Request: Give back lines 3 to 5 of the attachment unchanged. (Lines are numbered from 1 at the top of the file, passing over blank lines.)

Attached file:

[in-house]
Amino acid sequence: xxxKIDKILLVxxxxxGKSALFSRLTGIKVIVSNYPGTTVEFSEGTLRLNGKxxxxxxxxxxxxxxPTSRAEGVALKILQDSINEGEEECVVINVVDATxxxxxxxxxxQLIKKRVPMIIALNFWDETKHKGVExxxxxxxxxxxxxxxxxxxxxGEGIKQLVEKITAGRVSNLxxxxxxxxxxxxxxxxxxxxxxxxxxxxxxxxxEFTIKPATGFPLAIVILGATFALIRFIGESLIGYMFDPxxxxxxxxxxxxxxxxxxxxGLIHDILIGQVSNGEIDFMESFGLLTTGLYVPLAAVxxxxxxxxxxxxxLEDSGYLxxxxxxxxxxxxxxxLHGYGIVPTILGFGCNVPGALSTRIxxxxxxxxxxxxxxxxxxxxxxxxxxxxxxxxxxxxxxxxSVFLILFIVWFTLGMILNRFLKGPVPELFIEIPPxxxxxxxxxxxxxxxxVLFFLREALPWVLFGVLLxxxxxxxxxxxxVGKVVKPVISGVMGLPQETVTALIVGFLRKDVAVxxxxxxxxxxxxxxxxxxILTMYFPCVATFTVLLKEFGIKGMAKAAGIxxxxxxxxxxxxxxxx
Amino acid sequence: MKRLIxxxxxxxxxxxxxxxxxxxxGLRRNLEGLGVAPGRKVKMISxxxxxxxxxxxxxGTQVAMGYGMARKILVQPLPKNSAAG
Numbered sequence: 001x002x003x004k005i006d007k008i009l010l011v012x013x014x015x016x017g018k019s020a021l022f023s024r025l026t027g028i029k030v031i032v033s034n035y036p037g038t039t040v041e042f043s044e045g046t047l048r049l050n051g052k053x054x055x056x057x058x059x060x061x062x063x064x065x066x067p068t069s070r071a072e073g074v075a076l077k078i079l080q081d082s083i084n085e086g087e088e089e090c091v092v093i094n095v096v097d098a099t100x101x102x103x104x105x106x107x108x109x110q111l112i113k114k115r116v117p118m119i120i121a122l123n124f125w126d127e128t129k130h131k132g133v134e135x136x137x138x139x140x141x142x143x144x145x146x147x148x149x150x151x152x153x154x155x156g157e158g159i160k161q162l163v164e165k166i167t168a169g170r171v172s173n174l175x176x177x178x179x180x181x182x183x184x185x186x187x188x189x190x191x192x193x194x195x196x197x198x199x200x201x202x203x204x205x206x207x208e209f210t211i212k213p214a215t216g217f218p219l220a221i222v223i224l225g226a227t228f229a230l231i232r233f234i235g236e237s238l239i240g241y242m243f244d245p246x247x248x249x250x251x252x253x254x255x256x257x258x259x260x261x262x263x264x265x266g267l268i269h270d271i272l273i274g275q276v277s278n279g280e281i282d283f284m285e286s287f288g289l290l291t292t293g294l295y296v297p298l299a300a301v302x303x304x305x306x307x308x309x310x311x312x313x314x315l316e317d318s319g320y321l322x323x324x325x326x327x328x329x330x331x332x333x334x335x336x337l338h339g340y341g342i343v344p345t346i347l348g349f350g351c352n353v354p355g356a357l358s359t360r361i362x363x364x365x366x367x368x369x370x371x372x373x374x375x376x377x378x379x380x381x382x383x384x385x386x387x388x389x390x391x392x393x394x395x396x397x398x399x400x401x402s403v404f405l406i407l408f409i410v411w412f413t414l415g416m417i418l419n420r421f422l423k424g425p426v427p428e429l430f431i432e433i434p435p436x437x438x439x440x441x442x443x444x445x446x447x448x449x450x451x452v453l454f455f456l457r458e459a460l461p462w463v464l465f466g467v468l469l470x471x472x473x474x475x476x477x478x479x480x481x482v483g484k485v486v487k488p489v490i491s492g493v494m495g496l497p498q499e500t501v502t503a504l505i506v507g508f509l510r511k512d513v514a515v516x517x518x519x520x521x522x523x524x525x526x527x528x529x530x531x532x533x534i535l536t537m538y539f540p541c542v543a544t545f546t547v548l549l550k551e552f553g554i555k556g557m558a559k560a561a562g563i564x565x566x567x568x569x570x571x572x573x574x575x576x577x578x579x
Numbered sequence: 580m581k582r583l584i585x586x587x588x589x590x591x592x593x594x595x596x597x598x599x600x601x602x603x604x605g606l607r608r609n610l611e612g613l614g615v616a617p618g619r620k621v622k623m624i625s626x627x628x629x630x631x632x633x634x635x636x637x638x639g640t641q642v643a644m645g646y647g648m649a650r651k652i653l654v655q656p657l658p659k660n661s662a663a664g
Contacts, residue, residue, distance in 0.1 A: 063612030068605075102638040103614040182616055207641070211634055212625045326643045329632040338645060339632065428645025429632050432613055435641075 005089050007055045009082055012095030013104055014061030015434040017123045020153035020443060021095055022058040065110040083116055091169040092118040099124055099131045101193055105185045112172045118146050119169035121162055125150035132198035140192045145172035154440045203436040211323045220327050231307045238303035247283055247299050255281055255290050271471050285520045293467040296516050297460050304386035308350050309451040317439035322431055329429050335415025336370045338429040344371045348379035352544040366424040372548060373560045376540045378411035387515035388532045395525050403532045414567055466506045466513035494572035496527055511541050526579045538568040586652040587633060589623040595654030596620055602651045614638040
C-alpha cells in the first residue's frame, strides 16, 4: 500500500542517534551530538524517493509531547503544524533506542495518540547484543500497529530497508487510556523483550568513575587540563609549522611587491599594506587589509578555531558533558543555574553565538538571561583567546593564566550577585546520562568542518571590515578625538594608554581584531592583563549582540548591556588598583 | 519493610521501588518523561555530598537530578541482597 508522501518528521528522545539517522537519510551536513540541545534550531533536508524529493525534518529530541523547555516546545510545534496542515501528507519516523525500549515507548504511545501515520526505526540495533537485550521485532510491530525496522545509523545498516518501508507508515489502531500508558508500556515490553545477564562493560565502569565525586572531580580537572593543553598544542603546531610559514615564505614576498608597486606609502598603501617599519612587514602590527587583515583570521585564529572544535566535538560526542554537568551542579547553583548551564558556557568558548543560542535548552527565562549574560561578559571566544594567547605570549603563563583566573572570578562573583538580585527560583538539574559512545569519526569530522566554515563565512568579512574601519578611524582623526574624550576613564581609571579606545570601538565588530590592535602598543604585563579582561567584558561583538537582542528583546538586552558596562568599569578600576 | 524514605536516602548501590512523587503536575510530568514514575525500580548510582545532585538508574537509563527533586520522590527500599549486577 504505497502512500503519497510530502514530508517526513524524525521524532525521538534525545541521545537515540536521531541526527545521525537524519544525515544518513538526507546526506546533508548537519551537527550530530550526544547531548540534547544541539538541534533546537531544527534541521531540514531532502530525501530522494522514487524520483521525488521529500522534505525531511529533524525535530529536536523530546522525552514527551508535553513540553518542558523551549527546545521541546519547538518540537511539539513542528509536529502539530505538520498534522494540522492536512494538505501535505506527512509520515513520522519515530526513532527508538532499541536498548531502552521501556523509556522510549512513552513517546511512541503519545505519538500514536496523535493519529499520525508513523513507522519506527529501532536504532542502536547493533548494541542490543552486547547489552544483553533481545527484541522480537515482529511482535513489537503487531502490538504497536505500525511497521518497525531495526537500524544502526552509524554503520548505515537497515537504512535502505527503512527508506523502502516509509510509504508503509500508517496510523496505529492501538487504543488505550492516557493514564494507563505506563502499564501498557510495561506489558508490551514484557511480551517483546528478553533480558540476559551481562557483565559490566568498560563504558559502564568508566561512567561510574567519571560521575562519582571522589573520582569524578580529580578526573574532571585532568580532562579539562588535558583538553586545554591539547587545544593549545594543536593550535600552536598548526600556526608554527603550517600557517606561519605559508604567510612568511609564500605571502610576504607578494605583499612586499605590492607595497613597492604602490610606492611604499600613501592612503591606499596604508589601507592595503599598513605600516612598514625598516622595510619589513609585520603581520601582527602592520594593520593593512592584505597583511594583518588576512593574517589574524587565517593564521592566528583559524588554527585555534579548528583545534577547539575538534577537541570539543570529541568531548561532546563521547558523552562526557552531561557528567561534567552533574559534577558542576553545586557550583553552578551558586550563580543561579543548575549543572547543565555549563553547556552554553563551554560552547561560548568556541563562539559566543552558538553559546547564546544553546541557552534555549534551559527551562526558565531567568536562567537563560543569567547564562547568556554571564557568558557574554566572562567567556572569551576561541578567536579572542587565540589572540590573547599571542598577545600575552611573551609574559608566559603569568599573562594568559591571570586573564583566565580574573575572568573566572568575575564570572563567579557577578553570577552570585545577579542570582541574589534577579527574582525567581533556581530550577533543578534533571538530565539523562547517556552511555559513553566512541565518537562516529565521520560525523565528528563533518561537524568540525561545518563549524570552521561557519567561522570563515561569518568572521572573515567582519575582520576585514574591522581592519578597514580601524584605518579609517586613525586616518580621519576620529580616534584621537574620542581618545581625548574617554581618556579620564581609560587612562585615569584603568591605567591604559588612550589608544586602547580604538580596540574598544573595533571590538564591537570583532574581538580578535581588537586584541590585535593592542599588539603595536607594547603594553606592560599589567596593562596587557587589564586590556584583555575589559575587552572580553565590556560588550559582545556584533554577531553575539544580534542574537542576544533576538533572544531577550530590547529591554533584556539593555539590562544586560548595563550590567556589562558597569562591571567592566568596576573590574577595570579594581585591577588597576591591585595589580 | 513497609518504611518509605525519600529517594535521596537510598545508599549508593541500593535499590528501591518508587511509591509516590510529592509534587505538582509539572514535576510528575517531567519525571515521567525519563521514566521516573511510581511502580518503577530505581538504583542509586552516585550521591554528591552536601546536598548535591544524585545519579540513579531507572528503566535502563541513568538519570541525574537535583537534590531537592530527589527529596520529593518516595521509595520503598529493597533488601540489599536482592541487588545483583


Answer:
Amino acid sequence: MKRLIxxxxxxxxxxxxxxxxxxxxGLRRNLEGLGVAPGRKVKMISxxxxxxxxxxxxxGTQVAMGYGMARKILVQPLPKNSAAG
Numbered sequence: 001x002x003x004k005i006d007k008i009l010l011v012x013x014x015x016x017g018k019s020a021l022f023s024r025l026t027g028i029k030v031i032v033s034n035y036p037g038t039t040v041e042f043s044e045g046t047l048r049l050n051g052k053x054x055x056x057x058x059x060x061x062x063x064x065x066x067p068t069s070r071a072e073g074v075a076l077k078i079l080q081d082s083i084n085e086g087e088e089e090c091v092v093i094n095v096v097d098a099t100x101x102x103x104x105x106x107x108x109x110q111l112i113k114k115r116v117p118m119i120i121a122l123n124f125w126d127e128t129k130h131k132g133v134e135x136x137x138x139x140x141x142x143x144x145x146x147x148x149x150x151x152x153x154x155x156g157e158g159i160k161q162l163v164e165k166i167t168a169g170r171v172s173n174l175x176x177x178x179x180x181x182x183x184x185x186x187x188x189x190x191x192x193x194x195x196x197x198x199x200x201x202x203x204x205x206x207x208e209f210t211i212k213p214a215t216g217f218p219l220a221i222v223i224l225g226a227t228f229a230l231i232r233f234i235g236e237s238l239i240g241y242m243f244d245p246x247x248x249x250x251x252x253x254x255x256x257x258x259x260x261x262x263x264x265x266g267l268i269h270d271i272l273i274g275q276v277s278n279g280e281i282d283f284m285e286s287f288g289l290l291t292t293g294l295y296v297p298l299a300a301v302x303x304x305x306x307x308x309x310x311x312x313x314x315l316e317d318s319g320y321l322x323x324x325x326x327x328x329x330x331x332x333x334x335x336x337l338h339g340y341g342i343v344p345t346i347l348g349f350g351c352n353v354p355g356a357l358s359t360r361i362x363x364x365x366x367x368x369x370x371x372x373x374x375x376x377x378x379x380x381x382x383x384x385x386x387x388x389x390x391x392x393x394x395x396x397x398x399x400x401x402s403v404f405l406i407l408f409i410v411w412f413t414l415g416m417i418l419n420r421f422l423k424g425p426v427p428e429l430f431i432e433i434p435p436x437x438x439x440x441x442x443x444x445x446x447x448x449x450x451x452v453l454f455f456l457r458e459a460l461p462w463v464l465f466g467v468l469l470x471x472x473x474x475x476x477x478x479x480x481x482v483g484k485v486v487k488p489v490i491s492g493v494m495g496l497p498q499e500t501v502t503a504l505i506v507g508f509l510r511k512d513v514a515v516x517x518x519x520x521x522x523x524x525x526x527x528x529x530x531x532x533x534i535l536t537m538y539f540p541c542v543a544t545f546t547v548l549l550k551e552f553g554i555k556g557m558a559k560a561a562g563i564x565x566x567x568x569x570x571x572x573x574x575x576x577x578x579x
Numbered sequence: 580m581k582r583l584i585x586x587x588x589x590x591x592x593x594x595x596x597x598x599x600x601x602x603x604x605g606l607r608r609n610l611e612g613l614g615v616a617p618g619r620k621v622k623m624i625s626x627x628x629x630x631x632x633x634x635x636x637x638x639g640t641q642v643a644m645g646y647g648m649a650r651k652i653l654v655q656p657l658p659k660n661s662a663a664g